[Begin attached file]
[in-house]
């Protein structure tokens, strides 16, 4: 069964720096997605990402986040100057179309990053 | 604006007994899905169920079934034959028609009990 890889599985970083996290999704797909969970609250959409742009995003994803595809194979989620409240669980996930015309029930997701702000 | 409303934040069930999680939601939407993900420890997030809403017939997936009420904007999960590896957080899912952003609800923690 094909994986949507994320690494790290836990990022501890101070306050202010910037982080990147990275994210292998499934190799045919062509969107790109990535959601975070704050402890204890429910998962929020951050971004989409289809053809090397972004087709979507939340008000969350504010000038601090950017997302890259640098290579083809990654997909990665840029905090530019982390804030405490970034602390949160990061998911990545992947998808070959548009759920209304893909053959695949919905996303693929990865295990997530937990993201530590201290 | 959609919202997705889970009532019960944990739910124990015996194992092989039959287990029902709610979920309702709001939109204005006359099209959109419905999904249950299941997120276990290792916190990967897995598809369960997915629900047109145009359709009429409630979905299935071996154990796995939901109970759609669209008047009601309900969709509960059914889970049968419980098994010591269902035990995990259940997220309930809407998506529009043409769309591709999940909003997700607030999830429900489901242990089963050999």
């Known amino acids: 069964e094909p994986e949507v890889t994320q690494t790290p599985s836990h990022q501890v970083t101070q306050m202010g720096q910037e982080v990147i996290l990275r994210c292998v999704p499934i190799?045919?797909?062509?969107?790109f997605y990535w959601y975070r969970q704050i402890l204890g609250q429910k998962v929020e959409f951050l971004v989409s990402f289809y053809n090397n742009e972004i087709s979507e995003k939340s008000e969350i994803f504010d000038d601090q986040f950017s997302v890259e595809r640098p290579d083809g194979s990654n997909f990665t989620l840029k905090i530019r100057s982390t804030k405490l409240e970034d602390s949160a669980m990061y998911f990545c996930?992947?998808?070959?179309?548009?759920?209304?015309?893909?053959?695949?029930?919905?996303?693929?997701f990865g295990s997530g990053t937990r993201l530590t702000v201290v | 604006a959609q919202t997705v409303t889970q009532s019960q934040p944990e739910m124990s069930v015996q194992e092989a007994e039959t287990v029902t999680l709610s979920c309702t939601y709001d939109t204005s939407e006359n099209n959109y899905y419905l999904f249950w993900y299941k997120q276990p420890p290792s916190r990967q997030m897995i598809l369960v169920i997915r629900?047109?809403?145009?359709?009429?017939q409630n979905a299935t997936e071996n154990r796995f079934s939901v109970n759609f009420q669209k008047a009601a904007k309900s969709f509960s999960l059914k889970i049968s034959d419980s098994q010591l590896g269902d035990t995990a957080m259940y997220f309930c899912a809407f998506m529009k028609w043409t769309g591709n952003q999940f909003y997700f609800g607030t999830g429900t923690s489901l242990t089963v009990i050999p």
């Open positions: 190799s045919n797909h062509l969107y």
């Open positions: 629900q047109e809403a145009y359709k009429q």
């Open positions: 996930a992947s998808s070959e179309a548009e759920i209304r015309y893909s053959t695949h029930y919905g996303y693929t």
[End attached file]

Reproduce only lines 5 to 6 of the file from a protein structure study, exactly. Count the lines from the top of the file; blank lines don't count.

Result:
């Open positions: 629900q047109e809403a145009y359709k009429q």
């Open positions: 996930a992947s998808s070959e179309a548009e759920i209304r015309y893909s053959t695949h029930y919905g996303y693929t």